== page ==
Le Centre international d’art contemporain de Montréal (CIAC MTL) was founded in 1983 by Claude Gosselin.
Its primary objective is the dissemination of recent works through national and international exhibitions, publications, a website, an electronic magazine and art awareness activities.
First identified with the visual arts, the CIAC also disseminates the work of professionals in object design and graphics, video and art film, architecture and urban planning, architecture landscape.
The CIAC has provided professional services to the public and private sectors. For example, he organized the exhibitions Wind and Water for Quebec 84 in 1984, Traces for the Canadian government in 1986 and Growth & Risk for the Quebec government in 2001 in New York.
The CIAC also saw to the interview of Daniel Buren’s work, Neuf couleurs au vent, on behalf of the city of Montreal. It was installed for the celebration of the 450th anniversary of the arrival of Jacques Cartier.
Les Cent jours d’art contemporain de Montréal were, from 1985 to 1996, a tool for dissemination and understanding of the current challenges of contemporary art in Quebec and Canada. This annual event allowed the promotion of artists today recognized.
On the museological level, the event was an opportunity to experiment with innovative modes of expression. Indeed, through the use of unusual places for the promotion of contemporary art, the Hundred Days will have made it possible to transform public spaces into places of artistic expression.
In terms of cultural mediation, this artistic and spatial decompartmentalization will have aimed to democratize access to the world of contemporary art.
For this event, the CIAC has won the Prix des arts visuels of the Conseil des arts de Montréal twice: 1985 and 1992.
In 1997, the CIAC set up the Young Visual Arts Critics Competition, which in 2004 became the Become an arts Critic competition, open as much to students as to the general population. This initiative has been taken up by institutions both in Montreal and abroad.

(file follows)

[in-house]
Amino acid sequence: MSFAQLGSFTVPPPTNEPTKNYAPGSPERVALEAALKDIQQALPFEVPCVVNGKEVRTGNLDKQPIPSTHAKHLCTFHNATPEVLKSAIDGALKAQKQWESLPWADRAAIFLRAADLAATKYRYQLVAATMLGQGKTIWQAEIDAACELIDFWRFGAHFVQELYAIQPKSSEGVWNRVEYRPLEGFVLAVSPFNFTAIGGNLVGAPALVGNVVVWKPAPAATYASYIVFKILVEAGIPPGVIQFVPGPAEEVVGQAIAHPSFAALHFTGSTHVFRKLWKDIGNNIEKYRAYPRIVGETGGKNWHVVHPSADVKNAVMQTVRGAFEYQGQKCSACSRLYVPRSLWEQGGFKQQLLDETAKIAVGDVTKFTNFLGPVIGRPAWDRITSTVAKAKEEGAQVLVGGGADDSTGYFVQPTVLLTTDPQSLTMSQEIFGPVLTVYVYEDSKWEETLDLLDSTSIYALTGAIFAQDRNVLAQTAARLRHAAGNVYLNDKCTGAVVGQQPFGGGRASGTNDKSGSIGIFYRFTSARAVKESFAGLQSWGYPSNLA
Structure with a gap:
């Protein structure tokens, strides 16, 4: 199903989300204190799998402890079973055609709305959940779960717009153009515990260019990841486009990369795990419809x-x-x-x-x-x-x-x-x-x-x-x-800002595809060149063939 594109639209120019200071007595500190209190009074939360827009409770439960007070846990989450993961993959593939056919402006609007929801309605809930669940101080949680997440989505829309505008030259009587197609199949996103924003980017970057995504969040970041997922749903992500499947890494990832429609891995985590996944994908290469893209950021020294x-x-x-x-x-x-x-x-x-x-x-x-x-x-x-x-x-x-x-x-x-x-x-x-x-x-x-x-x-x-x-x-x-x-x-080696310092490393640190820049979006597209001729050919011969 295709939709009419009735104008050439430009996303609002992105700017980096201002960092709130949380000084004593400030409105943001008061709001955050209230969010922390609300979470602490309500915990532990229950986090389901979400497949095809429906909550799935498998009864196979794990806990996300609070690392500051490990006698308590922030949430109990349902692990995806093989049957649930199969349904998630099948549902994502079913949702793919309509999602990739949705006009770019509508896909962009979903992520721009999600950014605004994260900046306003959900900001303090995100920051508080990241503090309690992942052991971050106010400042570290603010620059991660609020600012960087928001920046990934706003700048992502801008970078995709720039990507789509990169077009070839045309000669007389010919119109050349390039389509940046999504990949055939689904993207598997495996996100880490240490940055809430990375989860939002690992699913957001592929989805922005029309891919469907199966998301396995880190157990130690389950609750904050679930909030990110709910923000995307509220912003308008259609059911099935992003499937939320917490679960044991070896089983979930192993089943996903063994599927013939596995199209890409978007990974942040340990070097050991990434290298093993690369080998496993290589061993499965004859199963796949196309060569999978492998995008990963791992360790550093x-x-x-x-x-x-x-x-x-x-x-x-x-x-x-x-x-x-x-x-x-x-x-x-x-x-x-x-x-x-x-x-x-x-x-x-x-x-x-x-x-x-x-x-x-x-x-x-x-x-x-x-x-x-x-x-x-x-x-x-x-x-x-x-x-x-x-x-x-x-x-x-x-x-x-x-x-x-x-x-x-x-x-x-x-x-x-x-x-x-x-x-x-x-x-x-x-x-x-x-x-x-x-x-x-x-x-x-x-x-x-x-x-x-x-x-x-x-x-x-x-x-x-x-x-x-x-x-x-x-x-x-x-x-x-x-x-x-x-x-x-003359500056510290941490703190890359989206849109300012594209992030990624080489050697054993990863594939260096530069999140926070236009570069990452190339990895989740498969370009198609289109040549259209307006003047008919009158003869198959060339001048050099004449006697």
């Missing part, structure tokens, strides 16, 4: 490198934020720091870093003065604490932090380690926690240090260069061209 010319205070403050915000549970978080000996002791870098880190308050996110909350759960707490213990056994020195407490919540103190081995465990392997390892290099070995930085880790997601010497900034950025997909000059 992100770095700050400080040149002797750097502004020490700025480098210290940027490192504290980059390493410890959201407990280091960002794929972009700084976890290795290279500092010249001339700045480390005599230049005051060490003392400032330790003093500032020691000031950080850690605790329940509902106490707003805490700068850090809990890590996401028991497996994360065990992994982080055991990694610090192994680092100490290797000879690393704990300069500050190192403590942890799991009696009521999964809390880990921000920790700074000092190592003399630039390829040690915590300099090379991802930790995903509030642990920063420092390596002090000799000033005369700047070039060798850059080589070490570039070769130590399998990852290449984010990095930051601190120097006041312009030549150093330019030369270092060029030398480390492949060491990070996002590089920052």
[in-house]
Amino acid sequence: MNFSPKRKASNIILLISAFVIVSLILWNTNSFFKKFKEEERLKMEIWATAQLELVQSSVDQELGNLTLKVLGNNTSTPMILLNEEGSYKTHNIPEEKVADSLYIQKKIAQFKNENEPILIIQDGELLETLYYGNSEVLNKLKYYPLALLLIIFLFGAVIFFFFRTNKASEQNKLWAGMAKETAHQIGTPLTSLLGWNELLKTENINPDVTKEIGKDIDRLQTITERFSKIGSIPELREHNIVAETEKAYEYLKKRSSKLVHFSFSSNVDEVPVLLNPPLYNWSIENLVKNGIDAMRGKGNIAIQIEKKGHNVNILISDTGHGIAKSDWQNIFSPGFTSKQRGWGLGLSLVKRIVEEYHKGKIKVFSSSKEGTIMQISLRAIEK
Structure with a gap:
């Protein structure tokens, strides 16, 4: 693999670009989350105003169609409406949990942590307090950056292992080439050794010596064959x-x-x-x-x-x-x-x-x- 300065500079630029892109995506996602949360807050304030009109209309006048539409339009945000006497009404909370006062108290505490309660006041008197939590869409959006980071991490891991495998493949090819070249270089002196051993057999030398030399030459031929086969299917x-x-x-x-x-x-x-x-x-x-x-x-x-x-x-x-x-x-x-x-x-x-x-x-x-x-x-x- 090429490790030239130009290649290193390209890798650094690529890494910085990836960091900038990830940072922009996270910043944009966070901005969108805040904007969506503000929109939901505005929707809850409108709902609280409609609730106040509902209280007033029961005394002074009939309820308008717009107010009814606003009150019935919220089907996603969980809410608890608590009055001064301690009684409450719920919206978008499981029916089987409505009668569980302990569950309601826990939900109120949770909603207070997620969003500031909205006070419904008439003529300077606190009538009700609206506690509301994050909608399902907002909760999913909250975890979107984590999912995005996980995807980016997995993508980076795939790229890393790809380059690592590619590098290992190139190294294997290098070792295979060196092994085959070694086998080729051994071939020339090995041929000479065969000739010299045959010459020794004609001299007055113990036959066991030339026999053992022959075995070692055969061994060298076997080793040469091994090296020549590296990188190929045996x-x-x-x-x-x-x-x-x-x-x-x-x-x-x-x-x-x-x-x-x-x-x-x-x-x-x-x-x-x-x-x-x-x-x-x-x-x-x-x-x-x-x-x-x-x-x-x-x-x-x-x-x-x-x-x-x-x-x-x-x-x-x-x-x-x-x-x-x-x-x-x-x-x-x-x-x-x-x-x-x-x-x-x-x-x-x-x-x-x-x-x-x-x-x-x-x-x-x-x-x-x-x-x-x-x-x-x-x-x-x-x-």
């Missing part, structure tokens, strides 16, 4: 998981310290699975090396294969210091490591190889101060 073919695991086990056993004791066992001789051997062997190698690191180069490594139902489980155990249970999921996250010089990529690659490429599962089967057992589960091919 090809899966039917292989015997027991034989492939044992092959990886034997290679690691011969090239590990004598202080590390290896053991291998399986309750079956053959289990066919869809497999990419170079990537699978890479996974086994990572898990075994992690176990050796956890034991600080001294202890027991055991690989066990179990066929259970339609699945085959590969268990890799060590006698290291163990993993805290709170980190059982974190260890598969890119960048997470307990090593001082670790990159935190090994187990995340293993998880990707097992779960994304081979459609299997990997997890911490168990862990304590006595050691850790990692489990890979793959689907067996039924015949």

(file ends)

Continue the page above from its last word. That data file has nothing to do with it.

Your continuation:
This activity was a work of cultural animation intended for an in-depth understanding of the challenges of contemporary art.
The magazine was created by CIAC in 1997. It is the first electronic magazine in Canada.
It offers comments on digital art around the world, interviews with artists and theorists, essays, special files on various aspects of digital art, on successive editions of the Biennale de Montréal or on artworks. It thus addresses all aspects of cyberculture, art and literature related to technology.
It promotes digital arts and is dedicated to the discussion of new technologies in visual creation.
Created in 1998 by Claude Gosselin and administered by the CIAC, the Biennale de Montréal (BNL MTL) has bet on a decompartmentalization of artistic practices by bringing together artists from the visual arts, landscape architecture, graphic design or object, video and cinema. It was a place of exchanges and debates including symposium and conferences as well as a broad program of educational activities.
In all of its actions, La Biennale de Montréal focused on risk and experimentation. Its mandate was to support daring artistic proposals, carry out impactful curatorial projects and stimulate reflection by offering the public contrasting experiences.
For this event, the CIAC won the Prix des arts visuels of the Conseil des arts de Montréal in 2000.